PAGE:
Software purchases, the migration to cloud-based systems and investments to enhance digital capabilities should combine to trigger a surge in IT company profits over the next few years, according to Moody’s Investors Services.
In a research note, reported on by Barron’s, analyst Stephen Sohn and his colleagues predicted that the likes of Adobe Systems Inc. (ADBE), Microsoft Corp. (MSFT), NetApp Inc. (NTAP), Oracle Corp. (ORCL) and Salesforce.com Inc. (CRM) will deliver profits that easily outpace global economic growth. The credit rating agency upgraded its outlook on diversified IT stocks from “stable” to “positive,” based on its belief that EBITDA across the sector will rise by about 7.5% this year, more than double the global GDP growth projection of 3.4%.
All Eyes On Microsoft
Moody’s identified Microsoft as the biggest beneficiary of industry-wide structural drivers. In the report, Sohn and his colleagues forecast that the Redmond, Washington-based company will generate about 28% of EBITDA growth across the sector as its well-targeted investments come to fruition.
“Microsoft will continue to achieve more operating leverage off of stronger revenue growth, as the company's significant investments over last few years level off while new cloud offerings gain strong adoption,” the analysts wrote. "Microsoft’s investments are targeting many of the same market segments as the rest of our proxy group, including data center infrastructure, database, and cloud-based productivity software, which are partially offsetting modestly declining consumer demand for personal computers." (See also: Microsoft Jumps After Earnings Beat.)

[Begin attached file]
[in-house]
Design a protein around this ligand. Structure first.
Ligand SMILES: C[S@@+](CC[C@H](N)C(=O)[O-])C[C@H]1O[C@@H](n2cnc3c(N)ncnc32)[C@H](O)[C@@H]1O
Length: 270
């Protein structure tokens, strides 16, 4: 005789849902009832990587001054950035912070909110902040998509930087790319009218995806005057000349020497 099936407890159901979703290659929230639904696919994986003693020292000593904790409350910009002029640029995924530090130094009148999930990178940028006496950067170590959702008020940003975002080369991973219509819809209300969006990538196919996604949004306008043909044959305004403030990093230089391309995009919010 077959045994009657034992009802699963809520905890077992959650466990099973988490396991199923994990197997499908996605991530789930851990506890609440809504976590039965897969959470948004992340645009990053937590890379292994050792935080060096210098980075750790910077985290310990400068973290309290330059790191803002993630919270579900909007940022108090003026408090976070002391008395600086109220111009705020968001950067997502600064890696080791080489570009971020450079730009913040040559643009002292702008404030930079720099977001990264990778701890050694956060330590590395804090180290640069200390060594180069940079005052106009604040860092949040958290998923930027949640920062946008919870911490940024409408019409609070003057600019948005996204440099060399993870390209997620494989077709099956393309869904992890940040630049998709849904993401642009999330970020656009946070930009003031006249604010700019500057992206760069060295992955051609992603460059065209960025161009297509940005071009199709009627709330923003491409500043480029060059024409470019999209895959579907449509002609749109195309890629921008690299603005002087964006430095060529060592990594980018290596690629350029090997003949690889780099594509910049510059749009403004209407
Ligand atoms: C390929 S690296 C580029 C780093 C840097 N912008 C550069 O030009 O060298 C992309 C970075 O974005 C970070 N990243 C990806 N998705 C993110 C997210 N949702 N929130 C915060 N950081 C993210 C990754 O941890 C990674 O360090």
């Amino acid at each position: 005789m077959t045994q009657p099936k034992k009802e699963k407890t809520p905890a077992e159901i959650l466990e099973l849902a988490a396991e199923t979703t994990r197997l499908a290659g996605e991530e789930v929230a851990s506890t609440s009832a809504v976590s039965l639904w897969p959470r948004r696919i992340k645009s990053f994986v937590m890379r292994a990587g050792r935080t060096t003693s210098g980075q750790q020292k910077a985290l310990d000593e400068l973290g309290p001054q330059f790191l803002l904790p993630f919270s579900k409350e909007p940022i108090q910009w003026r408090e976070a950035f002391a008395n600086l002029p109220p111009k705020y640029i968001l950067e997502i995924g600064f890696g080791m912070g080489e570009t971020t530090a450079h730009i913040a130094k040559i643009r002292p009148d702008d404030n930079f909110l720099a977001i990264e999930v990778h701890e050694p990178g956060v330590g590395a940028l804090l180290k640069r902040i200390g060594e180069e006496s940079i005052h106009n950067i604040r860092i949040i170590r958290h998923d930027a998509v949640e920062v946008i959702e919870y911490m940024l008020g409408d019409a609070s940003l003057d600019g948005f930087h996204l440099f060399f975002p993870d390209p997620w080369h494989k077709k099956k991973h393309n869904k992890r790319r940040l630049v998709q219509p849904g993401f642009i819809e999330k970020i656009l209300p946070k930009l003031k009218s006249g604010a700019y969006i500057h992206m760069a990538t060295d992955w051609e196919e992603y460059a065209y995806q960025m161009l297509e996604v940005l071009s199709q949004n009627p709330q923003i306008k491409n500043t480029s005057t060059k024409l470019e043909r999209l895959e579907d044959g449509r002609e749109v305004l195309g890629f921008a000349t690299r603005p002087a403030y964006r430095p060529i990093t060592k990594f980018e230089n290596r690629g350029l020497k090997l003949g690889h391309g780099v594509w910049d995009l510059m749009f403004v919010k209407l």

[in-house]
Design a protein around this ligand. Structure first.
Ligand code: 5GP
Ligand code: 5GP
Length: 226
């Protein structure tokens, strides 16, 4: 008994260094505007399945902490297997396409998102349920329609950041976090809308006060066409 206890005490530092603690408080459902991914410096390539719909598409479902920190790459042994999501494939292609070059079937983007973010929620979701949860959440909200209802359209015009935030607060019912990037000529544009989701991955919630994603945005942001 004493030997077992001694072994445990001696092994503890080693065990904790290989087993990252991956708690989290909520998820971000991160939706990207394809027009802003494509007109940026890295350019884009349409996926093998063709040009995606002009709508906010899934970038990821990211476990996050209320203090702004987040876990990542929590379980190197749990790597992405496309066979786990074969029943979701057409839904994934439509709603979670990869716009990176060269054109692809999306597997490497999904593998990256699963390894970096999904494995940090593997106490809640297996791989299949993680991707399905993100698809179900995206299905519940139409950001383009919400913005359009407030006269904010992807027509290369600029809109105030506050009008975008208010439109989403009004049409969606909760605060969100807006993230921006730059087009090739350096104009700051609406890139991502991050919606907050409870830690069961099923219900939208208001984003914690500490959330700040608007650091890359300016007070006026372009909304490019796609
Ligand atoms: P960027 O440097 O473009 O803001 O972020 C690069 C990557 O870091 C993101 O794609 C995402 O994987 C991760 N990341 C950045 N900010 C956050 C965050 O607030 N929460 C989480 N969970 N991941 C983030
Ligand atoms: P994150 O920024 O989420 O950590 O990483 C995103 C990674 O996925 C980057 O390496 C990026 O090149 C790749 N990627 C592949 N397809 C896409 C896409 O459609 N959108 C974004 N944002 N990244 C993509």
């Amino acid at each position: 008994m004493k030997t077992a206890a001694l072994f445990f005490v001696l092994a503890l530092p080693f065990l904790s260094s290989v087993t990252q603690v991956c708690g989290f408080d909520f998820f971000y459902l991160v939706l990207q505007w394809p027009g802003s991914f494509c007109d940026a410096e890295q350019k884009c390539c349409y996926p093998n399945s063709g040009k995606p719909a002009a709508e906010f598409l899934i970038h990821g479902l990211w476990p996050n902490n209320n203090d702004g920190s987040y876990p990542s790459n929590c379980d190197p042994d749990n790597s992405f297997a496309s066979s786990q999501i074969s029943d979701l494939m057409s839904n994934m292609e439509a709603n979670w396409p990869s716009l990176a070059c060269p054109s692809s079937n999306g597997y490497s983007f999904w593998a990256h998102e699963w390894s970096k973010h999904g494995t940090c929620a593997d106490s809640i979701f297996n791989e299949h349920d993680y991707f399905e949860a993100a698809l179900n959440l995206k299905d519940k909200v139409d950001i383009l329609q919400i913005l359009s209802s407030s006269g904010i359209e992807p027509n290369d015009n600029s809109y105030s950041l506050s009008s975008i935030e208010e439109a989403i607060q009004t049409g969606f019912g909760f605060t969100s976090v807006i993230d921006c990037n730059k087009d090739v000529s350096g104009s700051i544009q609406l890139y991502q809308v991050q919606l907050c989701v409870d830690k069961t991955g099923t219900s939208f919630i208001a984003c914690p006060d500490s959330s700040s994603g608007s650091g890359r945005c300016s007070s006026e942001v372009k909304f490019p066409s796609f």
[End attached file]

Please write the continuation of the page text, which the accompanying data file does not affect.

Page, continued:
One of the biggest growth drivers expected to buoy Microsoft and other names in the sector is cloud computing. The analysts wrote that the technology "will continue to disrupt traditional IT buying patterns for enterprises,” given the "acceleration of deployments to public cloud vendors, such as Amazon.com Inc.’s (AMZN) AWS, Microsoft’s Azure, Alphabet Inc.'s (GOOGL) Google Cloud, and Facebook Inc. (FB).”
Moody’s added that those spending patterns could also “benefit large legacy hardware providers”, such as International Business Machines Corp. (IBM), Dell and Hewlett Packard Enterprise Co. (HPE). All three will “provide the data center gear and digital solutions”, the analysts claimed, before warning that they will also “have to contend with some level of product commoditization and price pressure.”
The ongoing migration to cloud-based IT systems is also expected to benefit IT services companies. Moody’s said the likes of Accenture Plc. (ACN), Cognizant Technology Solutions Corp. (CTSH) and DXC Technology Company (DXC) will be called upon “to manage the process of shifting IT workloads to private and public cloud systems,” while large software firms, including Microsoft, Oracle, SAP SE (SAP) and Salesforce, will likely benefit from “the growth of cloud-based, software-as-a-service (SaaS) offerings.” (See also: Salesforce Is Trading Above the Cloud Before Earnings.)
Moody’s is confident that these drivers can help to offset declining on-premise software license sales. It also predicted that demand for personal computers, a headwind for companies such as Microsoft, could pick up slightly after several challenging years.
Hope Yet for HDD
Finally, the credit agency forecasted a healthy outlook for hard disk drive (HDD) specialists Western Digital Corp. (WDC), Seagate Technology Plc. (STX) and Micron Technology Inc. (MU), despite the looming threat of flash memory. Moody’s analysts expect HDD revenues to “grow modestly” as there will be “an insufficient supply of flash memory to meet the robust storage capacity demand” over the next 12 to 18 months.